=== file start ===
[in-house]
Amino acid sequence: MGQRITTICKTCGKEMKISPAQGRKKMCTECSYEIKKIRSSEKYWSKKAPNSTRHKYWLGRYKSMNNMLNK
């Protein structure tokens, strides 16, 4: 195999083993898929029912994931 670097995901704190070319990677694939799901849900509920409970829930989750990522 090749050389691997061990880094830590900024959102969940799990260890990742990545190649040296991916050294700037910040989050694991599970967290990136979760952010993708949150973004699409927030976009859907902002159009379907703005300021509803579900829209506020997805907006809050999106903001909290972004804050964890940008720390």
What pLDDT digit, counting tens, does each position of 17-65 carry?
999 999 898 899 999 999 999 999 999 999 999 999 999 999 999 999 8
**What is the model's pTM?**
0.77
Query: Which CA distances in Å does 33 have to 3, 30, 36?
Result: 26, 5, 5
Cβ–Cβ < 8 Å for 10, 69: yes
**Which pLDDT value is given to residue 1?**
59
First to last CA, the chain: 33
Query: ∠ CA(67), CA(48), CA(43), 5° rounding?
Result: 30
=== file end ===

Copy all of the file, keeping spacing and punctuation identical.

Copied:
[in-house]
Amino acid sequence: MGQRITTICKTCGKEMKISPAQGRKKMCTECSYEIKKIRSSEKYWSKKAPNSTRHKYWLGRYKSMNNMLNK
């Protein structure tokens, strides 16, 4: 195999083993898929029912994931 670097995901704190070319990677694939799901849900509920409970829930989750990522 090749050389691997061990880094830590900024959102969940799990260890990742990545190649040296991916050294700037910040989050694991599970967290990136979760952010993708949150973004699409927030976009859907902002159009379907703005300021509803579900829209506020997805907006809050999106903001909290972004804050964890940008720390």
What pLDDT digit, counting tens, does each position of 17-65 carry?
999 999 898 899 999 999 999 999 999 999 999 999 999 999 999 999 8
**What is the model's pTM?**
0.77
Query: Which CA distances in Å does 33 have to 3, 30, 36?
Result: 26, 5, 5
Cβ–Cβ < 8 Å for 10, 69: yes
**Which pLDDT value is given to residue 1?**
59
First to last CA, the chain: 33
Query: ∠ CA(67), CA(48), CA(43), 5° rounding?
Result: 30